Dec 13, 2023 - World

House committee says China's economic system is "incompatible" with WTO

Illustration of a hand drawing a line between the Chinese and U.S. flags

Illustration: Sarah Grillo/Axios

The House select committee on the Chinese Communist Party yesterday released a landmark report declaring China's economic system to be "incompatible with the WTO." The report proposes nearly 150 recommendations to restore U.S. economic and tech competitiveness.

Why it matters: The future of the World Trade Organization may be at stake. The committee calls for like-minded countries to form a new multilateral organization that excludes non-market economies if China's approach to economic governance can't be brought into line with WTO standards.

  • Many U.S. lawmakers now identify competition with China as America's defining challenge this century.
  • The bipartisan report represents the culmination of the committee's findings since it was established nearly a year ago.

What they're saying: The report calls for countries to work together to counter China's economic aggression. "If this cannot be achieved within the confines of the WTO, then a new multilateral effort by likeminded market economies" is needed, the report states.

  • "Because the PRC's state-led economic system is antithetical to the founding principles of the WTO, actions to defend the United States and global economy against PRC economic aggression are consistent with the U.S. commitment to a multilateral trading system based on market-oriented principles."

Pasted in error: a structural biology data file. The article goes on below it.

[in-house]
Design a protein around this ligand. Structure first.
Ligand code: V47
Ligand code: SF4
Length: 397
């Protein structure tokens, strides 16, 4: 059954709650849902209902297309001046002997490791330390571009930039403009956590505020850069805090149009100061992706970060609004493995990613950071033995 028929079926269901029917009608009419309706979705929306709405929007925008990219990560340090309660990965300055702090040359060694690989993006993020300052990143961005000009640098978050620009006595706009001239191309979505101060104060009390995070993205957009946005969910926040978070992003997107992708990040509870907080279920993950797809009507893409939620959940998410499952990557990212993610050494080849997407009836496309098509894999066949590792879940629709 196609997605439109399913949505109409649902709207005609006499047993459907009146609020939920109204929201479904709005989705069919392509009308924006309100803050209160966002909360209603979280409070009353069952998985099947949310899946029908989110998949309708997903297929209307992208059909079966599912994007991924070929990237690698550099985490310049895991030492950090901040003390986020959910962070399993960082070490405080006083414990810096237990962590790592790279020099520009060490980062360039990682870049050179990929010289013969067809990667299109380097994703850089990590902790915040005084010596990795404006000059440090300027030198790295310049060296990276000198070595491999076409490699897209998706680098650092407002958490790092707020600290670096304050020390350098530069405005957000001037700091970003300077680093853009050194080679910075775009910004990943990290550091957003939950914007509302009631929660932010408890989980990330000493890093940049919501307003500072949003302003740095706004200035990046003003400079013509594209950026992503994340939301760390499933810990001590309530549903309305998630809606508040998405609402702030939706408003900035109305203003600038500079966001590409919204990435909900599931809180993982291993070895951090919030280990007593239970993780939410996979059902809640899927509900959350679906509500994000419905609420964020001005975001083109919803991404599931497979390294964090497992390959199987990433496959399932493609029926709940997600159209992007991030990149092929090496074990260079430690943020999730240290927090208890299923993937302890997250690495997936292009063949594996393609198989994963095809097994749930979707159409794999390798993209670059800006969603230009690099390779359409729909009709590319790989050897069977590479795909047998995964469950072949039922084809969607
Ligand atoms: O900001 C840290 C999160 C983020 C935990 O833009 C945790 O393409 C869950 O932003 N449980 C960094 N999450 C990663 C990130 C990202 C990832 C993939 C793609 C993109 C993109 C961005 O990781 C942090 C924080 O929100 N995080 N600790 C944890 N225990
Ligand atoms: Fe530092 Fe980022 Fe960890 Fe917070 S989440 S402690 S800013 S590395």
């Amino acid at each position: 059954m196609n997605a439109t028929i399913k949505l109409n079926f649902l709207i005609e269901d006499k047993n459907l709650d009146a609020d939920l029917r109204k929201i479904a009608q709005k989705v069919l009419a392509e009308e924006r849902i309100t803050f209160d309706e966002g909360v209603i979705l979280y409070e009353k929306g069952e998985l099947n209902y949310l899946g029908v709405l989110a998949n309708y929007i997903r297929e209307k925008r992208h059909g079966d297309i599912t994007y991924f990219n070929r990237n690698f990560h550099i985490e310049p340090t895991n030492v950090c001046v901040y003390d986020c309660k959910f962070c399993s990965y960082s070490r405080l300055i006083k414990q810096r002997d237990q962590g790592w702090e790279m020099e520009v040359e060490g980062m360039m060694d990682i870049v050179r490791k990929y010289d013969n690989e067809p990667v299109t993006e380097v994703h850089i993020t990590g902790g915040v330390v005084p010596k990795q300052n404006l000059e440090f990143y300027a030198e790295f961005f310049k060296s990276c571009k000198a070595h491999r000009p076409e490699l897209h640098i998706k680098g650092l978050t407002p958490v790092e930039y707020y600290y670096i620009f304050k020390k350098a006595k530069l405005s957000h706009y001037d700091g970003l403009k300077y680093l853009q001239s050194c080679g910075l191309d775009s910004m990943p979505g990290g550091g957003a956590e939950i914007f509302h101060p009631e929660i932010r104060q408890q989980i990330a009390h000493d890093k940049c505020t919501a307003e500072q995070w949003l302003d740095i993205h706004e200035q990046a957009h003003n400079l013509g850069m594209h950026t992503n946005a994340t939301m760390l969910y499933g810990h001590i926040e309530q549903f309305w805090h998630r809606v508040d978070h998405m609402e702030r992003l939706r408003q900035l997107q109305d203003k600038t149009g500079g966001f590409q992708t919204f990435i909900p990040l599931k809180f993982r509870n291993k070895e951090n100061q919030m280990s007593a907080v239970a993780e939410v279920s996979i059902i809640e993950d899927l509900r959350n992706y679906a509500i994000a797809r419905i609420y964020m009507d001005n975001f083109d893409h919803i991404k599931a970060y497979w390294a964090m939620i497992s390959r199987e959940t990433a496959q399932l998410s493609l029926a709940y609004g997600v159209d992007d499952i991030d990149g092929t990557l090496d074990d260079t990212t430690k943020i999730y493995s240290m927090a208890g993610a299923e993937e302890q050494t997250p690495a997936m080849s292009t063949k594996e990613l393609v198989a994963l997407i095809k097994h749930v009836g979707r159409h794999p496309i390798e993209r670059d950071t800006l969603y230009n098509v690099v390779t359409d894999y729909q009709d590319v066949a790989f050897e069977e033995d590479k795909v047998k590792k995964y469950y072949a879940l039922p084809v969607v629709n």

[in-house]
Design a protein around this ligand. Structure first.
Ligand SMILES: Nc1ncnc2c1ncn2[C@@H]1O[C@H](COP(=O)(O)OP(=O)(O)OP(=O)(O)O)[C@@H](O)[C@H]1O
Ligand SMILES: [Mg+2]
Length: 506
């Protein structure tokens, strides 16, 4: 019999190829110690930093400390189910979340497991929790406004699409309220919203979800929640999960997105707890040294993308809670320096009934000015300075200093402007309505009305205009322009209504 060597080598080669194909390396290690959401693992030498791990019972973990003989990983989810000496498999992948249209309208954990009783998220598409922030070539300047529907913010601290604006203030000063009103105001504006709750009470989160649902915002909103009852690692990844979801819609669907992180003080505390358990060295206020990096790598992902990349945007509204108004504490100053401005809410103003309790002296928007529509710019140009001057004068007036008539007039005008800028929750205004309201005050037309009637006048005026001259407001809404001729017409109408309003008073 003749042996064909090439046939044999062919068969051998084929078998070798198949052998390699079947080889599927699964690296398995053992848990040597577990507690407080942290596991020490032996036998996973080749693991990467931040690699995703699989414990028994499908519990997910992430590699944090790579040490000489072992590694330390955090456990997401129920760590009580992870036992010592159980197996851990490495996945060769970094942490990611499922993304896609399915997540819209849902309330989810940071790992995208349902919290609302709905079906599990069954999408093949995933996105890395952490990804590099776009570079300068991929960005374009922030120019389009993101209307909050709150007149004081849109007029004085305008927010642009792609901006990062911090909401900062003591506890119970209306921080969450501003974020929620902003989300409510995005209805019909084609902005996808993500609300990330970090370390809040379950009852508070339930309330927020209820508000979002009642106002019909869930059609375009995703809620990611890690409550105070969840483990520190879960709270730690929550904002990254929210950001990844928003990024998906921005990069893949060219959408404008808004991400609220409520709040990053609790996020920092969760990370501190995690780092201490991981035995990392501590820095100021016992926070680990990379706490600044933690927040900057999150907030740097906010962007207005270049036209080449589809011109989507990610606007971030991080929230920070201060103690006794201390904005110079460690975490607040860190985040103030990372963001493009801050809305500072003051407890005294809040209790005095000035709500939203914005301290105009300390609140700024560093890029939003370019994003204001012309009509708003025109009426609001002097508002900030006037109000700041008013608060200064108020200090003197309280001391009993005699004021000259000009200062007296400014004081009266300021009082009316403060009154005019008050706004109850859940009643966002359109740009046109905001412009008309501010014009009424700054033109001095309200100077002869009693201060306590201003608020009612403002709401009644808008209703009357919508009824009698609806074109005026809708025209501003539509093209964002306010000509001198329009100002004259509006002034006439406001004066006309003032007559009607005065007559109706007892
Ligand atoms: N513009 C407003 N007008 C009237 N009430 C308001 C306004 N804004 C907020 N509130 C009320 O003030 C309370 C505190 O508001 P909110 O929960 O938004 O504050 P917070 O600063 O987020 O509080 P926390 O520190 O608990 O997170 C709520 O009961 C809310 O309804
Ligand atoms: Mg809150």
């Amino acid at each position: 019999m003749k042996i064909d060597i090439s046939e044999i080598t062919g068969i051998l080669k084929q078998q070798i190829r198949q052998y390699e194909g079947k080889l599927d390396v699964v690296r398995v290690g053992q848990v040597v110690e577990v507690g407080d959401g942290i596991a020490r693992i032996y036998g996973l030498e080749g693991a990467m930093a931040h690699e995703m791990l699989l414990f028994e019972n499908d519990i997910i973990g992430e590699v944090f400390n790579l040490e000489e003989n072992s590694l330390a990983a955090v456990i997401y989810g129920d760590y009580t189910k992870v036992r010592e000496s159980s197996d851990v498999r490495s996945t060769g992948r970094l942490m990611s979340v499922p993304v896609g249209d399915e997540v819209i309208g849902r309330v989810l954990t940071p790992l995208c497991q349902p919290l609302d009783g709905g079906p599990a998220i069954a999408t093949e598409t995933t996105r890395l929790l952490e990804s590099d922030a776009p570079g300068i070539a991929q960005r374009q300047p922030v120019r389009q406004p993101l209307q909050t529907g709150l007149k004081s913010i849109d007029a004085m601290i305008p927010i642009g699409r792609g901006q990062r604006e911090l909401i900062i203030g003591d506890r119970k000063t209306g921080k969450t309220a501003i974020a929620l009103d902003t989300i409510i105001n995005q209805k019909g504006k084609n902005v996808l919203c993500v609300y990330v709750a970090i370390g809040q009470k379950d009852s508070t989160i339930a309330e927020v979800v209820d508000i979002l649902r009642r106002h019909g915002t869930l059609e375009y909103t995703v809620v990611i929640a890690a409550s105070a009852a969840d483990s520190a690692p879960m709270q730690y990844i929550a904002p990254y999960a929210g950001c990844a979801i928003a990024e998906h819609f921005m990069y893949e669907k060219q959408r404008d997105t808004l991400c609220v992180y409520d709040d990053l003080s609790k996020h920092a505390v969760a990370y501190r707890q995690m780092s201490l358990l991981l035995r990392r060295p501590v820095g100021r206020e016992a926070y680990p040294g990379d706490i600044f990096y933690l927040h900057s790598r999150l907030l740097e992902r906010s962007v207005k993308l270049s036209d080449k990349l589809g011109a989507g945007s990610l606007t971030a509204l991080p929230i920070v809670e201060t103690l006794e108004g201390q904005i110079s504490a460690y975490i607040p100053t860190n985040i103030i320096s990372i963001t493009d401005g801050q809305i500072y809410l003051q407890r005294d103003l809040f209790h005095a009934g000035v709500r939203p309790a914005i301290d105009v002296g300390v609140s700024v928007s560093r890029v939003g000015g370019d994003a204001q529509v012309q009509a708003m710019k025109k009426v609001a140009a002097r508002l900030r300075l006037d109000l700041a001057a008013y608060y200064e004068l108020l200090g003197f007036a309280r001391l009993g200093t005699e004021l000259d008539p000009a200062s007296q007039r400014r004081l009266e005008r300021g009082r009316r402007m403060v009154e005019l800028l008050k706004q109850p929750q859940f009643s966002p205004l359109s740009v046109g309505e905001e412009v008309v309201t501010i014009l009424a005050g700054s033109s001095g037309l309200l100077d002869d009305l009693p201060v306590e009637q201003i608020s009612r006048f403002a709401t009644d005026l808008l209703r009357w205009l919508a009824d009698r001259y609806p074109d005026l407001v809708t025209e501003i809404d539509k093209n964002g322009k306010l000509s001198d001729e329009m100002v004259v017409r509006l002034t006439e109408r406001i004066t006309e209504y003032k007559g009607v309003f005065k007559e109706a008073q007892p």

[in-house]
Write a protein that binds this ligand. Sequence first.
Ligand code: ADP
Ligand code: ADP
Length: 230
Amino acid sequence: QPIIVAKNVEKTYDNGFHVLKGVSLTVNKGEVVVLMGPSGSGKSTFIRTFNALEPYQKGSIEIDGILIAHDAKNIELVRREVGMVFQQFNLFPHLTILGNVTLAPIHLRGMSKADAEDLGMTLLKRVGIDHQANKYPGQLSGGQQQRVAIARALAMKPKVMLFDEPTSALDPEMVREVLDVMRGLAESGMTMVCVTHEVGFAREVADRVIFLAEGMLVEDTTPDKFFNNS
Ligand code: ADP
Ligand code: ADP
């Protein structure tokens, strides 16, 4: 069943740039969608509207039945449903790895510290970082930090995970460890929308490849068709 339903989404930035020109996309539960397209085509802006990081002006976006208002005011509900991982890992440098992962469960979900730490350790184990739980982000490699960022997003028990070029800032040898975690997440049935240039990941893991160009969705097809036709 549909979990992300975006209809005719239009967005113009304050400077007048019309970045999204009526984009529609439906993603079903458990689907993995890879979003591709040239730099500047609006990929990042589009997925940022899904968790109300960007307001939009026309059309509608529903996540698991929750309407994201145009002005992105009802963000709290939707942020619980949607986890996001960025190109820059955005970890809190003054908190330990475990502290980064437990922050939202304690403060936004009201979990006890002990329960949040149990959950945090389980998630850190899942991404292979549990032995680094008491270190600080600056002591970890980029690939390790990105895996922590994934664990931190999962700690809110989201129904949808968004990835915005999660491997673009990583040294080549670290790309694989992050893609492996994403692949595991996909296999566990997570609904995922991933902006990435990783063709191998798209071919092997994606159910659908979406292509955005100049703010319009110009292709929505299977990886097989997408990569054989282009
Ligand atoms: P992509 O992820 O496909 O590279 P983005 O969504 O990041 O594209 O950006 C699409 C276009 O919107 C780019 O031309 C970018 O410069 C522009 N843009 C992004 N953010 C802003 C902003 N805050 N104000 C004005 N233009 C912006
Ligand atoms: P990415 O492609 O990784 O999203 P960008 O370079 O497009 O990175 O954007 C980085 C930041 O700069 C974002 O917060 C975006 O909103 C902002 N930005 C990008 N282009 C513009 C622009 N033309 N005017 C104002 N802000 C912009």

Flashback: China was admitted into the WTO in 2001 with the expectation that its trend toward market-oriented reform would continue.

  • Instead, the Chinese government has maintained and expanded non-market policies, including the widespread use of subsidies and dumping to dominate targeted industries, denial of market access as a form of political coercion, opaque auditing practices, and others.
  • Cases brought against China through the WTO's dispute settlement mechanisms haven't fundamentally changed Beijing's economic practices.
  • Decisions in the WTO are typically made by consensus among member states, meaning that China could block attempts to change WTO rules in ways that target Beijing.

The report also calls for renewing the China Safeguard Act, which expired in 2013. That act allowed the U.S. to impose tariffs on goods from China that caused "market disruptions." It could also be used to target practices that harm U.S. industry.

  • The report recommends passing legislation that requires major U.S. firms to publicly disclose China-related risks and market exposure.
  • The report's "offensive strategy to invest in innovation" zeroes in on the development of emerging technologies — AI, quantum computing, biotechnology and others — and recommends several measures to attract experts in these fields and to address concerns about research security and intellectual property theft.
  • It also proposes small- and medium-sized businesses that focus on these technologies receive a capital gains tax exemption.

The report also emphasizes securing mineral supply chains and the green energy transition.

  • Years of government subsidies and other preferential policies have allowed Chinese battery manufacturers and EV makers to establish growing global dominance over those industries, shutting out competitors in Europe and the U.S.
  • The report recommends passing legislation to direct the U.S. International Development Finance Corp. to prioritize investments in minerals and energy projects.
  • It also advocates for creating a "resilient resource reserve" of cobalt, manganese, graphite and rare-earth elements.

The bottom line: "Never before has the United States faced a geopolitical adversary with which it is so economically interconnected," the report states.

  • "Addressing this novel contest will require a fundamental reevaluation of U.S. policy."

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